Some of the issues are that Sunday is not good for matches, kids/parents can't fit it in their schedule. parents don't want to buy equipment( including smallbore or 10 meter air rifles), and the most obvious of all is that the junior programs are simply a "babysitting" service for parents who these days seem to have to be with and take their kids everywhere.
This is NOT sour grapes. It is just my/our experience here in this area and it is factual. Every time we did have a clinic or demo the juniors seemed to really enjoy it but that was the end of their interest. Maybe I am a moron for trying over and over but my efforts diminish and I concentrate more on having fun and providing a quality match for those who are actually interested now.
Field target does have one important thing going for it. It is an international sport! That may help!
I will be glad to listen to suggestions with interest.
Thank you for your thoughts and efforts in our sport.
Rick Bassett

Re: We (all of us) need to discuss bringing in new people...

PostPosted: Mon Feb 19, 2018 2:16 am
by Bob Dye
In Feb, 2015, I was contacted by a Jr ROTC Shooting team associated with a large High School in a wealthy neighborhood. They wanted to sell their entire inventory of 10m equipment... five FWB P70 rifles, and 7 Avanti PCPs (early CZ200s), nice cases, expensive shooting gloves, slings, extra aperture sights, two SCUBA tanks and fill fittings, etc... the whole lot. It seems the effort to keep the JROTC team going had failed, due to lack of interest. I bought the entire stock, for about 10-15ยข on the dollar, as the manager just wanted to recover any of the team's investment. I brokered the sale of same among dedicated airgunners within 2 weeks.

The point? Yet another noble effort to recruit youth to the airgun sports had failed. The Shooting Team manager told me team membership had steadily dwindled since its inception, as the kids found (his words) "more satisfying pursuits."

This is just one story among many in this part of the country -- for which I have direct knowledge -- where good intentions resulted in bitter tears. I have initiated a few myself, with dismal results. We've offered airgun demos at local "Fast Action Airsoft" CQB meets. Despite signage and verbal announcements by the Airsoft promoter, not a single participant among the 120+ stopped by to see what we offered. Most recently, we've had several youngsters shoot at our FT Club... people who even sought us out (implying enough interest to try). Alas, despite our efforts to make them feel at home, NONE have ever returned.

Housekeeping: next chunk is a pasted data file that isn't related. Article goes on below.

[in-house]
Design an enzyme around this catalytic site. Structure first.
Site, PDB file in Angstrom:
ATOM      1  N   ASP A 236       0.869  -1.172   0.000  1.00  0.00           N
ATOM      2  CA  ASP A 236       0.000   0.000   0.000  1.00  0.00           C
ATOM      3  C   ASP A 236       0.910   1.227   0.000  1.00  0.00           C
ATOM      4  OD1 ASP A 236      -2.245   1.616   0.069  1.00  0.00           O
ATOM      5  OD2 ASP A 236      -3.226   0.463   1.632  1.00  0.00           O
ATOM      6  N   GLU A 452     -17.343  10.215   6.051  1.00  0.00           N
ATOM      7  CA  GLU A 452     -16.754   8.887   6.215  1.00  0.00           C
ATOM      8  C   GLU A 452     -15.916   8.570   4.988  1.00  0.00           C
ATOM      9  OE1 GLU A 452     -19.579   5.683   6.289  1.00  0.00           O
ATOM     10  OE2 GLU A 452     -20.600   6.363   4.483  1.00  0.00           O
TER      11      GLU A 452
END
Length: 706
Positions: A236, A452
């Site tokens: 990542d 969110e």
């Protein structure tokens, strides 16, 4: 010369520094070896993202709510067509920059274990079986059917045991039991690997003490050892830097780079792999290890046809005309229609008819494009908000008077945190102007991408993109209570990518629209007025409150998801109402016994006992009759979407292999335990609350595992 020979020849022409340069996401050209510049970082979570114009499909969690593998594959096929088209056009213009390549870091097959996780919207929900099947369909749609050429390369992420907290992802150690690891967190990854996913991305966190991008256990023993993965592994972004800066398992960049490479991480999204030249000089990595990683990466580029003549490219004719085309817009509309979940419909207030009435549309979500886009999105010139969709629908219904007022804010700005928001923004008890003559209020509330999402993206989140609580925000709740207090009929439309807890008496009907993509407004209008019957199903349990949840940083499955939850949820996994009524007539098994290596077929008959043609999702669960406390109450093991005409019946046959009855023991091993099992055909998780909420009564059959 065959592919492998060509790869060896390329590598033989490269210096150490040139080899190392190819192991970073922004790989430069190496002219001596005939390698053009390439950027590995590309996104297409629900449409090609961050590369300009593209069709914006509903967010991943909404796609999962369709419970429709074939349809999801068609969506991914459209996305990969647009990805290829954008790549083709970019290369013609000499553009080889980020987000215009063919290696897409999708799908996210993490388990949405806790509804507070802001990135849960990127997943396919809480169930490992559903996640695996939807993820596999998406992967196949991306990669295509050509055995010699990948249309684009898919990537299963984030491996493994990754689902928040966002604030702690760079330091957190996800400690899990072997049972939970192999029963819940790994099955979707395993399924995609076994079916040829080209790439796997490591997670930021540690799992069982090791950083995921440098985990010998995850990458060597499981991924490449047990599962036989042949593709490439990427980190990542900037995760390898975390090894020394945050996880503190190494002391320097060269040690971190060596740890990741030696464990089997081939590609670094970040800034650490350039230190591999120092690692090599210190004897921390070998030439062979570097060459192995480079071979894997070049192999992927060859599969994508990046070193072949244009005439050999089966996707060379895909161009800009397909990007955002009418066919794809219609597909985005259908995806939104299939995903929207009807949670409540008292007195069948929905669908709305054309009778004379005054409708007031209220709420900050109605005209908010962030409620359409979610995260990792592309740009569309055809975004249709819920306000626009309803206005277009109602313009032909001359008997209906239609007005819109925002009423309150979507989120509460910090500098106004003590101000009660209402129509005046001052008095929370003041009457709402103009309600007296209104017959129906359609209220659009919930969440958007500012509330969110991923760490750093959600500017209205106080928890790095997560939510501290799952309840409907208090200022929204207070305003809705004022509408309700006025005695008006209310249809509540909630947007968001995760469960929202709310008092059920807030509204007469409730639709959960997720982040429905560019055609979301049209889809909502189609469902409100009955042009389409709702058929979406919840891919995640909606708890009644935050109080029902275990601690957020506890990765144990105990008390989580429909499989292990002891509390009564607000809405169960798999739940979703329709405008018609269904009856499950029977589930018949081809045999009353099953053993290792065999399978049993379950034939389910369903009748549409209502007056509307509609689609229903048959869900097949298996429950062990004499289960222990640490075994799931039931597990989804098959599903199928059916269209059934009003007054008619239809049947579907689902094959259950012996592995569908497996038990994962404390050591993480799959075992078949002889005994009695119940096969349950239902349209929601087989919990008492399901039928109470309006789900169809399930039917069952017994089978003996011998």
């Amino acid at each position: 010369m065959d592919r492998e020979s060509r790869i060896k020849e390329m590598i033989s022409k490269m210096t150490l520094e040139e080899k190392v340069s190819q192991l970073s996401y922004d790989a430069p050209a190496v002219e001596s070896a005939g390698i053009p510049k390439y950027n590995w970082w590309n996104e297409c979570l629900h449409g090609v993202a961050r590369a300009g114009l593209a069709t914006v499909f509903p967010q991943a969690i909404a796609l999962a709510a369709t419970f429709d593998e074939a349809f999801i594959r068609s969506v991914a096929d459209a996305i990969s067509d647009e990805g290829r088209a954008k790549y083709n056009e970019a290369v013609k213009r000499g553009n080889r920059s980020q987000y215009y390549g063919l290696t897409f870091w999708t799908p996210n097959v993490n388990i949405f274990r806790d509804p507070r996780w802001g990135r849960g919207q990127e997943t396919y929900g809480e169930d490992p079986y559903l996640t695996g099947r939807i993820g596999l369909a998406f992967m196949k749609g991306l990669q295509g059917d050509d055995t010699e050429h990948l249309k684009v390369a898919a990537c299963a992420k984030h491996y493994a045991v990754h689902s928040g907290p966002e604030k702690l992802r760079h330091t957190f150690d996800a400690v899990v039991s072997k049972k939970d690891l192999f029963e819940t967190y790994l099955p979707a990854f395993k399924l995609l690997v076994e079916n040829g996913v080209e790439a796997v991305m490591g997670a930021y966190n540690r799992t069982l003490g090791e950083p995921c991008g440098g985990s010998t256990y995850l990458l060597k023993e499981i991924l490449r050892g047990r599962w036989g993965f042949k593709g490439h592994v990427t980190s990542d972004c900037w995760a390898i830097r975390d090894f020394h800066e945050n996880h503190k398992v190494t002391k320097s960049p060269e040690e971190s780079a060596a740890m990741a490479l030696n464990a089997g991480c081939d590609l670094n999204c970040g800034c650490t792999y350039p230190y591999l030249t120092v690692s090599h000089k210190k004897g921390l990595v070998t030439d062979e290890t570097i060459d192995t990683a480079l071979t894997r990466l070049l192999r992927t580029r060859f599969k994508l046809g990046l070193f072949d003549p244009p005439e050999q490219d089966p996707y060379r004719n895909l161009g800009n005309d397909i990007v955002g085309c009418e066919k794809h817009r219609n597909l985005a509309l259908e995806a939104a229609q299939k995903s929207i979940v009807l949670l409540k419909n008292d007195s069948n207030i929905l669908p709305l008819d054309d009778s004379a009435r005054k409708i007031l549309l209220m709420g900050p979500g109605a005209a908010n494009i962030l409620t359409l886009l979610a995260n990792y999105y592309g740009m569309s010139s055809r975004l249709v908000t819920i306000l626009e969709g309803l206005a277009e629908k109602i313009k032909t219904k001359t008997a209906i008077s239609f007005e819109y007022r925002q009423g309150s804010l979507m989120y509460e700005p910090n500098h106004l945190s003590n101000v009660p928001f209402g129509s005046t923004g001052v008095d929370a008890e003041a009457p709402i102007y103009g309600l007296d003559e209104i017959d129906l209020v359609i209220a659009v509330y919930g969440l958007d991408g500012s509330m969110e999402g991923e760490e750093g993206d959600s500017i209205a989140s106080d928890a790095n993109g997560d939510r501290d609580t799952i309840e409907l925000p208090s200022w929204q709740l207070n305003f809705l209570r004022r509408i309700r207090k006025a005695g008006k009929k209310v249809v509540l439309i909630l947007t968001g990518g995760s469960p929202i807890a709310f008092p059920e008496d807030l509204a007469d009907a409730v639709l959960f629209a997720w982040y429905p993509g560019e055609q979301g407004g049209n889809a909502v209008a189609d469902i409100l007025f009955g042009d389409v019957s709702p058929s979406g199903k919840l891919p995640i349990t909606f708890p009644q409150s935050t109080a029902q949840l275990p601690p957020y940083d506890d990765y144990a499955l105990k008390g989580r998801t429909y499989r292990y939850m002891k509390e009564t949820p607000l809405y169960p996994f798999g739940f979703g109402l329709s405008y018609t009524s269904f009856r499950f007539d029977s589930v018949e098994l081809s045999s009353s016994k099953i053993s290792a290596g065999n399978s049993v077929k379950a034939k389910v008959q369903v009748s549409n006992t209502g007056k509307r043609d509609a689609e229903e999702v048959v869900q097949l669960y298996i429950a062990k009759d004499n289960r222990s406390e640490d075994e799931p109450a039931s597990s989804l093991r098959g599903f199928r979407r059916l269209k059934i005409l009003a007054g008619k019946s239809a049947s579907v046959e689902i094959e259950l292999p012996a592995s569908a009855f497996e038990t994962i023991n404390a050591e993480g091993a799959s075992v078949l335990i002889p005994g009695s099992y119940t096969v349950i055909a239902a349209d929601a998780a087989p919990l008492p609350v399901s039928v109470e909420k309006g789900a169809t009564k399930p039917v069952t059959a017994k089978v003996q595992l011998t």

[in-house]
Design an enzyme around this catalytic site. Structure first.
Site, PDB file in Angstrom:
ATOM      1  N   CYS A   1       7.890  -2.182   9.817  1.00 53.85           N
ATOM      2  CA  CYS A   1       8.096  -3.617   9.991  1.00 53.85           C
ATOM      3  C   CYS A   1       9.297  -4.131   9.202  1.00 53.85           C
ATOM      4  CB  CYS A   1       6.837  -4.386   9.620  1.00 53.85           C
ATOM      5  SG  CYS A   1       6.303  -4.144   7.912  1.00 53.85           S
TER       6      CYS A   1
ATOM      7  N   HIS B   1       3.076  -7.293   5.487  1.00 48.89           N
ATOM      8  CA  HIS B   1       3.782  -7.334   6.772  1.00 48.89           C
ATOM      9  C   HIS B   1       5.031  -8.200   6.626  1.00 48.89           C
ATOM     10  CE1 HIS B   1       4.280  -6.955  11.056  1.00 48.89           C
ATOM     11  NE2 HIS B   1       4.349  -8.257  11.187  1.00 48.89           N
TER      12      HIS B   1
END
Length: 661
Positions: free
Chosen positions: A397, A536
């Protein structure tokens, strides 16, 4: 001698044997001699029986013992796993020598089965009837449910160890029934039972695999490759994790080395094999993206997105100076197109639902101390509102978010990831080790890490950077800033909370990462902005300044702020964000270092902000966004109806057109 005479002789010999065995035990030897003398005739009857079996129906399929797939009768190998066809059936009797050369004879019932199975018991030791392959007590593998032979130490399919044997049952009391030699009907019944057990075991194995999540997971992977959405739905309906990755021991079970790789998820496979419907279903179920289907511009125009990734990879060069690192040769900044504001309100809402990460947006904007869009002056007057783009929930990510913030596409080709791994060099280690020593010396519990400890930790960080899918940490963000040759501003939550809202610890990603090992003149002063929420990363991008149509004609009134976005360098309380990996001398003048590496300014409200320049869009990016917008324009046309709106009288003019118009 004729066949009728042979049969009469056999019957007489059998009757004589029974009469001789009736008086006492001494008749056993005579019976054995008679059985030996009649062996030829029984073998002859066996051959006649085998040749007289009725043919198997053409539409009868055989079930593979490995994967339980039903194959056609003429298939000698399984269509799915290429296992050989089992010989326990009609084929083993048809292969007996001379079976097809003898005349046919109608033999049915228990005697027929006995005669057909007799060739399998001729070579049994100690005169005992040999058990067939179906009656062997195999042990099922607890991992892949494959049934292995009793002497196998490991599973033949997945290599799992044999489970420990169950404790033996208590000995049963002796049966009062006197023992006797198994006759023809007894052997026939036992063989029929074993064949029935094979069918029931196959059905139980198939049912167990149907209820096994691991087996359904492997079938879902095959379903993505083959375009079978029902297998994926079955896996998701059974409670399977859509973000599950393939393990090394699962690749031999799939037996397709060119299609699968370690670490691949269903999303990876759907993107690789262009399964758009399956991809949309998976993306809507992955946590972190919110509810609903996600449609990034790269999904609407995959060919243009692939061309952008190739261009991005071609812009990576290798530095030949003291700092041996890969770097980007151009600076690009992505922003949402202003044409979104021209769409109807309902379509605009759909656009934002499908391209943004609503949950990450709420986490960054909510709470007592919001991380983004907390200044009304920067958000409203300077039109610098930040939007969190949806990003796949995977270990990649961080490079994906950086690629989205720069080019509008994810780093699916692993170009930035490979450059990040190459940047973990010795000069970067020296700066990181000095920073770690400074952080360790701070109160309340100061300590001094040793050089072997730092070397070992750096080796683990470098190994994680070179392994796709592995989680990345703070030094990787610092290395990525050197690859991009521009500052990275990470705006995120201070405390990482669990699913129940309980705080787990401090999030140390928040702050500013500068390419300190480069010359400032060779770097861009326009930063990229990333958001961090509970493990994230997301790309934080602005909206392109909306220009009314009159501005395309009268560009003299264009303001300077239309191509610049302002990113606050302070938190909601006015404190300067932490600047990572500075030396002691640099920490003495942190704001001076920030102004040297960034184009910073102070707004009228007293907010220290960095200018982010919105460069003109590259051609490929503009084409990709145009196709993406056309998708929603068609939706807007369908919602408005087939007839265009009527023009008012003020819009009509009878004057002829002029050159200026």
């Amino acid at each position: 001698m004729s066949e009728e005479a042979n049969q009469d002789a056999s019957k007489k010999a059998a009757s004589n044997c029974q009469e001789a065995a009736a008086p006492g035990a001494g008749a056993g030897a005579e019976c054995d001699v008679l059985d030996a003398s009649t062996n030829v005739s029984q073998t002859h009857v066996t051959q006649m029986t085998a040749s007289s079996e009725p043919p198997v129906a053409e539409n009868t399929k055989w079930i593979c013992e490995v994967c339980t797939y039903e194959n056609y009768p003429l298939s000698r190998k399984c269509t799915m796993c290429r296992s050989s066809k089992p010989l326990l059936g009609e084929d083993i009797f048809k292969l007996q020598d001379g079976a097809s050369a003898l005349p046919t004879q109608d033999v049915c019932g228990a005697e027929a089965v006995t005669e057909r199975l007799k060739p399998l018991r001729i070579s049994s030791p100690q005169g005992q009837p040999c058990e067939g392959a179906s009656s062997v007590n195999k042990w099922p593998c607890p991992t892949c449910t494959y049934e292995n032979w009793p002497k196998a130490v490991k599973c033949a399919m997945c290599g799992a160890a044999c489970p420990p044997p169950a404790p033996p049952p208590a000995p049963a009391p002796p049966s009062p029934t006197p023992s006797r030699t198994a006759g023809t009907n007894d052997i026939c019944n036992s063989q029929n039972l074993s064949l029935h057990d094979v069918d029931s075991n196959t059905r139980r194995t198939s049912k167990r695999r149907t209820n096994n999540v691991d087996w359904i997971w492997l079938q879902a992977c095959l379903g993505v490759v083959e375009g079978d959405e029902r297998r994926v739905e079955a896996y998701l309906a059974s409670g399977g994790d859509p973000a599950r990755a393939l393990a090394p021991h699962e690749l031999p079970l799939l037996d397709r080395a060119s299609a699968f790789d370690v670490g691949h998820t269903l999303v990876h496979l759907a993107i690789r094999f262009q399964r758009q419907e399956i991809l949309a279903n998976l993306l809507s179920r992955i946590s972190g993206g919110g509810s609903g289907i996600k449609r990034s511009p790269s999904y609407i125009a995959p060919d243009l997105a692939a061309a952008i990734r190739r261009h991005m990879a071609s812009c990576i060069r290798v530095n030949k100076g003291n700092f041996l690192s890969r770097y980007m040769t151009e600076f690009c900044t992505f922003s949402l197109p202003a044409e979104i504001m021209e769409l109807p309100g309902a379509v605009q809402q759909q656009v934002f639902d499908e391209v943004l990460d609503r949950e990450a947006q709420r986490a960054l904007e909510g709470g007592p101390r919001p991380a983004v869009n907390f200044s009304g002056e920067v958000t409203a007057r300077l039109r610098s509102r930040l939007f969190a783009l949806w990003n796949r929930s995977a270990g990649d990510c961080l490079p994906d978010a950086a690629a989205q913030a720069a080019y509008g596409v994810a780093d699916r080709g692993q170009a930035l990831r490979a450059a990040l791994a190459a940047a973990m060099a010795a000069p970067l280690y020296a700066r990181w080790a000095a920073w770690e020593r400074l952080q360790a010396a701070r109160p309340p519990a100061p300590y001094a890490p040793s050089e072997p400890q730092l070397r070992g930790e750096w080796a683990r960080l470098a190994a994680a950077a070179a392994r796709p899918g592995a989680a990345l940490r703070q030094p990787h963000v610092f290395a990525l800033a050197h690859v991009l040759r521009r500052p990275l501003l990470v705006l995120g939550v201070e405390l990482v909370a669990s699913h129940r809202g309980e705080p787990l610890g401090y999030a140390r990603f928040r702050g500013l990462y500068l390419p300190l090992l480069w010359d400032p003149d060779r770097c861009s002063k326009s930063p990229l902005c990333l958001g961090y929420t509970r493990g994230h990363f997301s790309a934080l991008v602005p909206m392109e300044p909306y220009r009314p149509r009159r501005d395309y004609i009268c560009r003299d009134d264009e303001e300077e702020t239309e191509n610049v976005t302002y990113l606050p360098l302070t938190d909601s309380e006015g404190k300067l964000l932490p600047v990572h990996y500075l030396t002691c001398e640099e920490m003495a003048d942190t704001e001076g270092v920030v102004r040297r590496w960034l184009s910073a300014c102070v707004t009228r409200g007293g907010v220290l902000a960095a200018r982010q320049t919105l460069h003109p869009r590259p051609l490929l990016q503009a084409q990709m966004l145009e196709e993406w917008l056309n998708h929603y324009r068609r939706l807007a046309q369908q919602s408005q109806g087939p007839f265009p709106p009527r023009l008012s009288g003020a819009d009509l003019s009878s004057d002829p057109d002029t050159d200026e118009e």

Throw enough money and time at any problem and you can make a '69 VW Beetle do wheelies... for a while. But, I suspect that any (the few) successes that do exist are local in nature and not replicable elsewhere. If someone knows Elon Musk or another eccentric willing to sugar-daddy the effort nationwide, then let us know.

Absent that, I have reluctantly concluded that recruiting young people to our game in an era of instant videogame gratification is a uphill, Mt. Everest climb, primarily beyond today's youthful interest and attention span, and therefore beyond my energy and bandwidth. Good luck with your efforts, Sean, but I've been beaten to the ground too many times. I wish I could be more positive, sorry.

Re: We (all of us) need to discuss bringing in new people...

PostPosted: Wed Feb 28, 2018 4:33 pm
by dan_house
WE have a strong youth 10m scene in Montana. Many expect a couple of these kids to be competitive internationally and at the Olympic level....

There is no cross over to FT...... at issue is school, other sports, band, summer family vacations, skiing, winter hunting trips and long list of other stuff that their families consider to be more important. Many of these kids will keep shooting but it wont be in FT nor likely any thing "organized"..... Another factor is the growing precision long distance community here in the state,the attitude is why shoot a bb gun when you can smack steel at 500+ yards with a real gun......